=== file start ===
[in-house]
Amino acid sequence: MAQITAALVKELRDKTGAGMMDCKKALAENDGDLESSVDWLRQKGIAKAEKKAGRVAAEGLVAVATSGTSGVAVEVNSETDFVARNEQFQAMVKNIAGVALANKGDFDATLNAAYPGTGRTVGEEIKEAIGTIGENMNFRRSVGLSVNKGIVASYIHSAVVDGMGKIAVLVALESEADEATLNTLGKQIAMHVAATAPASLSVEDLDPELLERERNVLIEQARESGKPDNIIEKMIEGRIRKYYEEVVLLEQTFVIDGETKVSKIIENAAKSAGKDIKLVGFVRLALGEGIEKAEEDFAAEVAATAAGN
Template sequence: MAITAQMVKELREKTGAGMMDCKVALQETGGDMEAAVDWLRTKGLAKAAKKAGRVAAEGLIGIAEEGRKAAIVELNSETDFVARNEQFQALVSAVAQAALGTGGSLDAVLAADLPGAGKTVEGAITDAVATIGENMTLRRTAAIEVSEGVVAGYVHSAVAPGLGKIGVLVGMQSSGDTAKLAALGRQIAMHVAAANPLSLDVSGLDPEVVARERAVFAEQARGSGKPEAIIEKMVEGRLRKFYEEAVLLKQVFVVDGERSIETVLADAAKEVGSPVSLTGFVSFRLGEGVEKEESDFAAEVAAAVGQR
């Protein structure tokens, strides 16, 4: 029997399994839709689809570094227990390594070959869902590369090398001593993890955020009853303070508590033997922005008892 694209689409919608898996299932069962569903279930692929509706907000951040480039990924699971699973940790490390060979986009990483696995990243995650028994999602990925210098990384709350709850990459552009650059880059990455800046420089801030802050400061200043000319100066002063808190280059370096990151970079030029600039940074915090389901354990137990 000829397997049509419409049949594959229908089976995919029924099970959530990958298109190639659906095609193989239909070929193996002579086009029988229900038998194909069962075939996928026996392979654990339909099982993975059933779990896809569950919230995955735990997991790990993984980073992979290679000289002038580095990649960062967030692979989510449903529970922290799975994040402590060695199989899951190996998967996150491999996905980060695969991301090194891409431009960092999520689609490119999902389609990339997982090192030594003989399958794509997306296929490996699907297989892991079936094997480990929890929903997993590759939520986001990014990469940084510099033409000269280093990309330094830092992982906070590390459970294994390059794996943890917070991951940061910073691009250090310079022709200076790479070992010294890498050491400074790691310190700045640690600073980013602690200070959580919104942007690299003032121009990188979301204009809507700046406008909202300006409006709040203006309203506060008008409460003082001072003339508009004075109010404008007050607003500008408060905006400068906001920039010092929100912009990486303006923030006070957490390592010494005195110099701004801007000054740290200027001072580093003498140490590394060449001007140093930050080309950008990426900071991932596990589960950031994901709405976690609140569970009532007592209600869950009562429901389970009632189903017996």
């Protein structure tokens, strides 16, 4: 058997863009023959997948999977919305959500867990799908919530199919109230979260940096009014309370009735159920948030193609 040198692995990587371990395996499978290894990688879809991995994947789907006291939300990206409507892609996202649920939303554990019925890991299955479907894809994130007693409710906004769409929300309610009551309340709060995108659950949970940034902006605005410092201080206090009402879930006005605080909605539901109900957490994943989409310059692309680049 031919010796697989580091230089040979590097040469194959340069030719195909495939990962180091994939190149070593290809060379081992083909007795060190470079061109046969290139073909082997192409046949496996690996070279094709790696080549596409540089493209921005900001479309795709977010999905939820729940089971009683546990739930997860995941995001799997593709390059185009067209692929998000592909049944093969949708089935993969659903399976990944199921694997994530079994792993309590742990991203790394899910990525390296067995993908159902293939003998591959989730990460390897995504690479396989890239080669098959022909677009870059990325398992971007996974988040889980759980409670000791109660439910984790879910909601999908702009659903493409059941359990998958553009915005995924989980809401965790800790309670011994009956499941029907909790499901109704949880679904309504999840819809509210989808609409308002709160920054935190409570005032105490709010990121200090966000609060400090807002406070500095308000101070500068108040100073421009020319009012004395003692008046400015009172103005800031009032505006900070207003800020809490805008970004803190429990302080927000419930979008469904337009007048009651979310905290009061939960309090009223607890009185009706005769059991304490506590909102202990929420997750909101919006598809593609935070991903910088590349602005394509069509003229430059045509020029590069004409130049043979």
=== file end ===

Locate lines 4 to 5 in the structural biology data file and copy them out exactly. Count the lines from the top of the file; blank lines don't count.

């Protein structure tokens, strides 16, 4: 029997399994839709689809570094227990390594070959869902590369090398001593993890955020009853303070508590033997922005008892 694209689409919608898996299932069962569903279930692929509706907000951040480039990924699971699973940790490390060979986009990483696995990243995650028994999602990925210098990384709350709850990459552009650059880059990455800046420089801030802050400061200043000319100066002063808190280059370096990151970079030029600039940074915090389901354990137990 000829397997049509419409049949594959229908089976995919029924099970959530990958298109190639659906095609193989239909070929193996002579086009029988229900038998194909069962075939996928026996392979654990339909099982993975059933779990896809569950919230995955735990997991790990993984980073992979290679000289002038580095990649960062967030692979989510449903529970922290799975994040402590060695199989899951190996998967996150491999996905980060695969991301090194891409431009960092999520689609490119999902389609990339997982090192030594003989399958794509997306296929490996699907297989892991079936094997480990929890929903997993590759939520986001990014990469940084510099033409000269280093990309330094830092992982906070590390459970294994390059794996943890917070991951940061910073691009250090310079022709200076790479070992010294890498050491400074790691310190700045640690600073980013602690200070959580919104942007690299003032121009990188979301204009809507700046406008909202300006409006709040203006309203506060008008409460003082001072003339508009004075109010404008007050607003500008408060905006400068906001920039010092929100912009990486303006923030006070957490390592010494005195110099701004801007000054740290200027001072580093003498140490590394060449001007140093930050080309950008990426900071991932596990589960950031994901709405976690609140569970009532007592209600869950009562429901389970009632189903017996």
């Protein structure tokens, strides 16, 4: 058997863009023959997948999977919305959500867990799908919530199919109230979260940096009014309370009735159920948030193609 040198692995990587371990395996499978290894990688879809991995994947789907006291939300990206409507892609996202649920939303554990019925890991299955479907894809994130007693409710906004769409929300309610009551309340709060995108659950949970940034902006605005410092201080206090009402879930006005605080909605539901109900957490994943989409310059692309680049 031919010796697989580091230089040979590097040469194959340069030719195909495939990962180091994939190149070593290809060379081992083909007795060190470079061109046969290139073909082997192409046949496996690996070279094709790696080549596409540089493209921005900001479309795709977010999905939820729940089971009683546990739930997860995941995001799997593709390059185009067209692929998000592909049944093969949708089935993969659903399976990944199921694997994530079994792993309590742990991203790394899910990525390296067995993908159902293939003998591959989730990460390897995504690479396989890239080669098959022909677009870059990325398992971007996974988040889980759980409670000791109660439910984790879910909601999908702009659903493409059941359990998958553009915005995924989980809401965790800790309670011994009956499941029907909790499901109704949880679904309504999840819809509210989808609409308002709160920054935190409570005032105490709010990121200090966000609060400090807002406070500095308000101070500068108040100073421009020319009012004395003692008046400015009172103005800031009032505006900070207003800020809490805008970004803190429990302080927000419930979008469904337009007048009651979310905290009061939960309090009223607890009185009706005769059991304490506590909102202990929420997750909101919006598809593609935070991903910088590349602005394509069509003229430059045509020029590069004409130049043979």